Sonia Liza Kenterman • Director of Tailor
“Sewing is a world of small details”
by Marta Bałaga
- We talked to debuting director Sonia Liza Kenterman about Tailor, after she got to celebrate its world premiere in an actual cinema
Shown in the First Feature Competition of the Tallinn Black Nights Film Festival, Tailor [+see also:
interview: Sonia Liza Kenterman
film profile] focuses on Nikos (Dimitris Imellos). Coming from a family of tailors, he is set on following in his father's footsteps, even though the business is failing. But once Nikos is forced to figure things out on his own, he finds out that there is more to life than a perfectly cut suit. We chatted to the film’s director, Sonia Liza Kenterman.
Cineuropa: Do you have a background in costumes yourself? You really pay attention to the clothes in the film, even the fabric. You look at them as lovingly as Nikos does.
Sonia Liza Kenterman: I don't, but I just like fashion! The more I found out about sewing while writing the script, the more fascinated I was by this very strict hierarchy and the very strict rules that no one can ever break. The people who sew are so committed to their art and their craft, which they have been learning since they were children. It's a lifelong effort to become better and better. I was really inspired by everything that goes into constructing a suit or a wedding dress. Together with the actors, we would go to see seamstresses and tailors at work, trying to learn more. It's a world of small details.
It's an occupation that has also changed, as one character observes in the film. And Nikos just has to adapt. When he goes out in the street, so elegant is his perfect suit, he looks like an alien.
It's true. The comedy arose from the fact that he is just so different. He has grown up with these old-fashioned ideas about how men should dress, and then he leaves his shop to confront reality. He really looks like a character from a period movie. But he doesn't have clients any more – no one will pay that much money for a suit. He is a bit of a dreamer, very child-like.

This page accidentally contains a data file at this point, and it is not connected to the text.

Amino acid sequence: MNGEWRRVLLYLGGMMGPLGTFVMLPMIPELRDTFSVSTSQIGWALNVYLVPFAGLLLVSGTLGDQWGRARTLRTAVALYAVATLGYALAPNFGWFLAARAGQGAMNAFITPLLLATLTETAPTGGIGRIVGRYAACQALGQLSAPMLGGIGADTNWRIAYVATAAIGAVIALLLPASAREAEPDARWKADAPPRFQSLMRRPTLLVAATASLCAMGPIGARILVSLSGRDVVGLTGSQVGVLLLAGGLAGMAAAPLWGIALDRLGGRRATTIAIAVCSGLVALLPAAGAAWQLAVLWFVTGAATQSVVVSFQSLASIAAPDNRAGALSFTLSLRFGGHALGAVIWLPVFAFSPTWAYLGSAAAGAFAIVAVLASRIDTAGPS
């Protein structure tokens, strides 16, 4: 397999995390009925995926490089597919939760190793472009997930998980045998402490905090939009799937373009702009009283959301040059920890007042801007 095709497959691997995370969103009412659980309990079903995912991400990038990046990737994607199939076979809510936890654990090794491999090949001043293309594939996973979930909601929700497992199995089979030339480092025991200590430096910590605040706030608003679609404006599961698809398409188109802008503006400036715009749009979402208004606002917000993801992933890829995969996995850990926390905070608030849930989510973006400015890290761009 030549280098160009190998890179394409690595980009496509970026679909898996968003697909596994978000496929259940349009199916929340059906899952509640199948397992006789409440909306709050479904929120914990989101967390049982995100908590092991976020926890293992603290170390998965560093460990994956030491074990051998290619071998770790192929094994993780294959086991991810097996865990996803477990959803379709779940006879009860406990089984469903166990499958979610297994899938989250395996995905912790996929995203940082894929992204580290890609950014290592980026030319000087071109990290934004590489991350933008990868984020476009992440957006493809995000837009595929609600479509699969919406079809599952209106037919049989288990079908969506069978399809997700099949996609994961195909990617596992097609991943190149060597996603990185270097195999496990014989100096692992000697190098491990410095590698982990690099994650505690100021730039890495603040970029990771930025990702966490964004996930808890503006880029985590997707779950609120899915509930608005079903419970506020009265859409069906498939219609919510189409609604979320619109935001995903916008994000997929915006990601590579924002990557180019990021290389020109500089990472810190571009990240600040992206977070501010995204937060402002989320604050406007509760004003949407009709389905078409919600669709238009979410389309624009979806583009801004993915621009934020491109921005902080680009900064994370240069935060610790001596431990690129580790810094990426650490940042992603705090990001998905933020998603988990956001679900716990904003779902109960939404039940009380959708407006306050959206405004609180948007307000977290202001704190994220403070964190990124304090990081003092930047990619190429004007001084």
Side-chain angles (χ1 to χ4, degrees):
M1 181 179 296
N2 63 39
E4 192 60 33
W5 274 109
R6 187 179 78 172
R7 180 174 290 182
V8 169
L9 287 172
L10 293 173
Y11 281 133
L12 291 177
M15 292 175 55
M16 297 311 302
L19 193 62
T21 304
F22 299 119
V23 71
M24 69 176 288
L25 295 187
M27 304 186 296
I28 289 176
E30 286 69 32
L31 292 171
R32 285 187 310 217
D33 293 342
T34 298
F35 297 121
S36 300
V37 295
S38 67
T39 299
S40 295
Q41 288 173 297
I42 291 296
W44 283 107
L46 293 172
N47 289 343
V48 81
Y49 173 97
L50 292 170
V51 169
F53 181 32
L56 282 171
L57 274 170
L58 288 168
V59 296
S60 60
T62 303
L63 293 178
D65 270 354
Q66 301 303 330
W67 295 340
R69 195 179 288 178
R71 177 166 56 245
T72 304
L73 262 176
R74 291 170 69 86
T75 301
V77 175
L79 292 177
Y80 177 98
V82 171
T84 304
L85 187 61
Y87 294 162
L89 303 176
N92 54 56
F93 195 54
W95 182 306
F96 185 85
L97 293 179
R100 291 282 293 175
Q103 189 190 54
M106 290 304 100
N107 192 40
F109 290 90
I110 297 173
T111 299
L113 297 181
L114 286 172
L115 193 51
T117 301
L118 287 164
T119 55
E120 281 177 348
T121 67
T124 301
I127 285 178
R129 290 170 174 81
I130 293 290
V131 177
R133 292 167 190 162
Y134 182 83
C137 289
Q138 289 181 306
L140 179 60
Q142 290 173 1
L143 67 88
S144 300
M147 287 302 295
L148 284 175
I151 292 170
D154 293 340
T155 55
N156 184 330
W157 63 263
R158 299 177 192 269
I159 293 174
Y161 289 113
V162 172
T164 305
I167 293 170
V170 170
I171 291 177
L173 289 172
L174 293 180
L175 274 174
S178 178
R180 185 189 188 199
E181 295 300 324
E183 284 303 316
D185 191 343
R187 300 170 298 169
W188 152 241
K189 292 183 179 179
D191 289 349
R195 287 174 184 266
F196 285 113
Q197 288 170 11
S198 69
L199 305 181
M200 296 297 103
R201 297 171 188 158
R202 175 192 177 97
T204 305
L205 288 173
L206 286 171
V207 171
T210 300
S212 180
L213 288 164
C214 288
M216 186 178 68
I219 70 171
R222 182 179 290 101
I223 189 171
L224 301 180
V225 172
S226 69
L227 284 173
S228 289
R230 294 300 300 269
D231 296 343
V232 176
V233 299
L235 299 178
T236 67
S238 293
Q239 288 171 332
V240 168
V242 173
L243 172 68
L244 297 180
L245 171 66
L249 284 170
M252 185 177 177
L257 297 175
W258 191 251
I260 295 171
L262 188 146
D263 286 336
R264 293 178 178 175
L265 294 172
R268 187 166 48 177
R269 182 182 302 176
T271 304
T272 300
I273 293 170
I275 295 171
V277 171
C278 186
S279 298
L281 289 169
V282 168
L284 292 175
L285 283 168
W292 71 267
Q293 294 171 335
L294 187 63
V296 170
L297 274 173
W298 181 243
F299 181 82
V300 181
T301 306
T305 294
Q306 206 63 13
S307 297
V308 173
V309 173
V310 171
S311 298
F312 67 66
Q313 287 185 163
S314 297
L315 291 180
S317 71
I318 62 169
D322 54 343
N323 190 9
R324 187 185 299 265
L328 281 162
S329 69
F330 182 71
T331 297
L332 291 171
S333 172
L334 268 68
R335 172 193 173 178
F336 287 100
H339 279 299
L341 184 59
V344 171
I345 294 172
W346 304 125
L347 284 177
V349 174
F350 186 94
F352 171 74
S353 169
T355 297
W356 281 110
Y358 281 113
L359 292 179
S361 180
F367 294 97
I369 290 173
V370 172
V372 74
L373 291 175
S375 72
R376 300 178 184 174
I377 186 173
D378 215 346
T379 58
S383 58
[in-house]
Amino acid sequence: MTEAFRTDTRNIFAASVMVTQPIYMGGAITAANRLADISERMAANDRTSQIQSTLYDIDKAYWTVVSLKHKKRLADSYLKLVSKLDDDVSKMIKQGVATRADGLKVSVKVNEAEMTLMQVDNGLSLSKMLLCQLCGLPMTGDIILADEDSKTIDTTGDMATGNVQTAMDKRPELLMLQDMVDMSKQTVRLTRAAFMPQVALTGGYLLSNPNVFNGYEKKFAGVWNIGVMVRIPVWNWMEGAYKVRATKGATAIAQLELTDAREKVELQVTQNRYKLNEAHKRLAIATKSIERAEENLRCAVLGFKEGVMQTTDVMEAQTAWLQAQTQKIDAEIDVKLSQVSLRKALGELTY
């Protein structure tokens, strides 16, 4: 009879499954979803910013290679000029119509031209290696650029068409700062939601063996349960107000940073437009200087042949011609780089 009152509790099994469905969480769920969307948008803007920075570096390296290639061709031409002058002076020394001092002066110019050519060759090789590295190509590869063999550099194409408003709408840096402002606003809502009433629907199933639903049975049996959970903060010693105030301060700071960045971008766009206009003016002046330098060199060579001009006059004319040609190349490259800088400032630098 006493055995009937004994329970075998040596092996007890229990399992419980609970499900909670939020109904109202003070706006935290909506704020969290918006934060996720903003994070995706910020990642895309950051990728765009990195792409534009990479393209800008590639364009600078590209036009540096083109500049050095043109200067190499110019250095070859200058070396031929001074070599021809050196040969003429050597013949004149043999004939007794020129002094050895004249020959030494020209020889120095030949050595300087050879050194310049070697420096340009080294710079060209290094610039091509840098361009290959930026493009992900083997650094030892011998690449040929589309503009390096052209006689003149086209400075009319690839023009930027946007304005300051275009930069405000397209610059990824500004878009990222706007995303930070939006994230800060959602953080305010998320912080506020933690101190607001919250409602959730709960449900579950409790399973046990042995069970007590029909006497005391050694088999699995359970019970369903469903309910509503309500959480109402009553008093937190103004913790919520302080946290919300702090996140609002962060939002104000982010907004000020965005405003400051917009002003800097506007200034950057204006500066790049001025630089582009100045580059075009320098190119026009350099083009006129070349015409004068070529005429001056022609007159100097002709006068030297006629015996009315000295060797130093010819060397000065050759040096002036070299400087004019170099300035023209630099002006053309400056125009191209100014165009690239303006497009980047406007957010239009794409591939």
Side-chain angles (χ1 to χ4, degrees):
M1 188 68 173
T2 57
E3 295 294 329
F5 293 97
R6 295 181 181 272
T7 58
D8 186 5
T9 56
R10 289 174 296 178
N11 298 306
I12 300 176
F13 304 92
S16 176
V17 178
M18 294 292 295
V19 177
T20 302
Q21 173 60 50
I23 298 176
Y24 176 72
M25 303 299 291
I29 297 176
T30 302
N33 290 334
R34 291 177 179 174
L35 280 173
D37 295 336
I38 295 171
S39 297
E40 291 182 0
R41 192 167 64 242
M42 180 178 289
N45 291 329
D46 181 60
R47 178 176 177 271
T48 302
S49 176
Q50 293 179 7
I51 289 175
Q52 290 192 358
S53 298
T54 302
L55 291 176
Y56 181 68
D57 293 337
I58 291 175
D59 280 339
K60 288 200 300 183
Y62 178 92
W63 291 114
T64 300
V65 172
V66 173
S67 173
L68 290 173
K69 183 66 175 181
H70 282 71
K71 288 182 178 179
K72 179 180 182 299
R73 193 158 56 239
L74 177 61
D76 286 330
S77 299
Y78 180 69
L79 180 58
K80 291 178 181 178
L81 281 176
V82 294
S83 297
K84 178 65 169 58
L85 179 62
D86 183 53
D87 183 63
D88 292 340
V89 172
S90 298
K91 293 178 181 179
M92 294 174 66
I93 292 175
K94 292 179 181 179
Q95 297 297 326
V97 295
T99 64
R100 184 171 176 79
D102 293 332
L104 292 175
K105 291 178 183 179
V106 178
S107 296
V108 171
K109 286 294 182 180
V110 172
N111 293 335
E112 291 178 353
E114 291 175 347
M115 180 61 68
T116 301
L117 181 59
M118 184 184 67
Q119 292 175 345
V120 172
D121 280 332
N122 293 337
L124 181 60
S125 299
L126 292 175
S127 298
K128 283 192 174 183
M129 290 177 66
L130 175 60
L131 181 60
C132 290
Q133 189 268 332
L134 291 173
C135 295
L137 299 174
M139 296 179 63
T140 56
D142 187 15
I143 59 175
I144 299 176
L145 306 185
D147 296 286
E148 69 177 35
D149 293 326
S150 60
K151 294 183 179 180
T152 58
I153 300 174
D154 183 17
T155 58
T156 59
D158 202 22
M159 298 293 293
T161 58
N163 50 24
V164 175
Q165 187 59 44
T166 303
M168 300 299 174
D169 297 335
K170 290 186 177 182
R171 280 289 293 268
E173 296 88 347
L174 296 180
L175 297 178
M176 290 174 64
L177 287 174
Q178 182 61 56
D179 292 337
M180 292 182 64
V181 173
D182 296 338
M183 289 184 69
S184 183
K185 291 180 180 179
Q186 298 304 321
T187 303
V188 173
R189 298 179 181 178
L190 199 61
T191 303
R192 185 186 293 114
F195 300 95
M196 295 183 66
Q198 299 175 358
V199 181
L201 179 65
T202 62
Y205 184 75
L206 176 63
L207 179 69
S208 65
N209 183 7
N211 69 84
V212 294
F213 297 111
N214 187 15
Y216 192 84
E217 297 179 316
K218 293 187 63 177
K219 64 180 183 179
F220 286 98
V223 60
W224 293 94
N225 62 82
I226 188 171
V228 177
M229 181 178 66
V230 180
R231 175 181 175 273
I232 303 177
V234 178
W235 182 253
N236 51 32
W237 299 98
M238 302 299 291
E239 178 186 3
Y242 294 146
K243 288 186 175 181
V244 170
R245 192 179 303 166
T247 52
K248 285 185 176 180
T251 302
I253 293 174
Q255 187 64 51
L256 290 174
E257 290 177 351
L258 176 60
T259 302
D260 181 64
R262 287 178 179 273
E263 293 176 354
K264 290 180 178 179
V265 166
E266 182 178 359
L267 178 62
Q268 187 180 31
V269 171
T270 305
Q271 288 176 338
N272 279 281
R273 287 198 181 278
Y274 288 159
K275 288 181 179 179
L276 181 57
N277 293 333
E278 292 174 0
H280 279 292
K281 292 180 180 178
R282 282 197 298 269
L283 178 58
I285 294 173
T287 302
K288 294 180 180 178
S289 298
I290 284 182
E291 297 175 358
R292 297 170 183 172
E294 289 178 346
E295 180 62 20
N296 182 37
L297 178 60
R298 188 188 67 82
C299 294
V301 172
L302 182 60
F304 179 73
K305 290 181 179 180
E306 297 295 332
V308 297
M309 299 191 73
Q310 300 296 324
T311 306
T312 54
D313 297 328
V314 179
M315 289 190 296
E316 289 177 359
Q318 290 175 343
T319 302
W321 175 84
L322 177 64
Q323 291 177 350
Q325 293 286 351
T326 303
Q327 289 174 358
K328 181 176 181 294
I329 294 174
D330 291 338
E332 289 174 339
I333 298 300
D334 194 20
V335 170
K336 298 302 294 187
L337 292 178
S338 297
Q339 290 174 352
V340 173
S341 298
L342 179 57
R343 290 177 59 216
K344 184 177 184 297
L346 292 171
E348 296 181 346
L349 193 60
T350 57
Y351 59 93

It’s likely that this child-like quality makes his friendship with the little girl a little less jarring.
When we were discussing it with the actor, the idea was that this nine-year-old would be his only friend. He has no social life, and he’s probably never had a girlfriend – that's the only connection he has. They have a routine: they send paper boats to each other. He is still stuck in that time, and it's easier to communicate with a child than with grown-ups. Only when we got to the editing did we realise that it might be considered as strange, when he kisses her hand and so on. I just hope it isn’t, because he is so honest and harmless.
At the beginning, when he is sitting alone in the office, it brought to mind silent cinema.
We were studying many French comedies from the 1960s – in these films, the actors are very confined, in a sense, but there is so much elegance and poise. We also studied Buster Keaton films, because of his movements and his fantastic face. I always wanted to have very little dialogue anyway. Nikos is so sheltered, away from society, and so alone in this microcosm. And he is so used to being alone, so no wonder his expressions are more “out there”. Usually, nobody looks at him.
There is a fantasy aspect to your film and this story, but you show the society around him as well: people with no money and limited opportunities, not exactly willing to wait three weeks for an outfit. How did you want to combine the two?
I wanted to include these two worlds in the film. He carries the comedy with him, in this fairy tale-like approach, so his entrance into the “real” world has some lyrical qualities about it. But this world is the world of Athens today! Nikos sees things differently – for him, something that's beautiful needs to take time. So when he goes out and meets these potential clients, time is what sets them apart. They are used to getting everything very fast and cheaper, just like me, whereas he comes from a profession which values time and a relationship between the tailor and the client.
His father actually keeps his old patterns, from the clients who have already passed away. He is even more set in his ways.
Nikos has been living in his shadow, and it was impossible to break out of this restricted world. But not just because his father is so domineering; it’s also because Nikos hasn't found the strength to really take life into his own hands. He probably had some ideas about how to change things – after all, he invents this “shop on wheels”. He just never had the courage to share them with his father. At the same time, it's a very loving relationship. They are all they have! His father feels that by trying something new, Nikos ruined this family tradition. But by the end, he has to acknowledge his talent.
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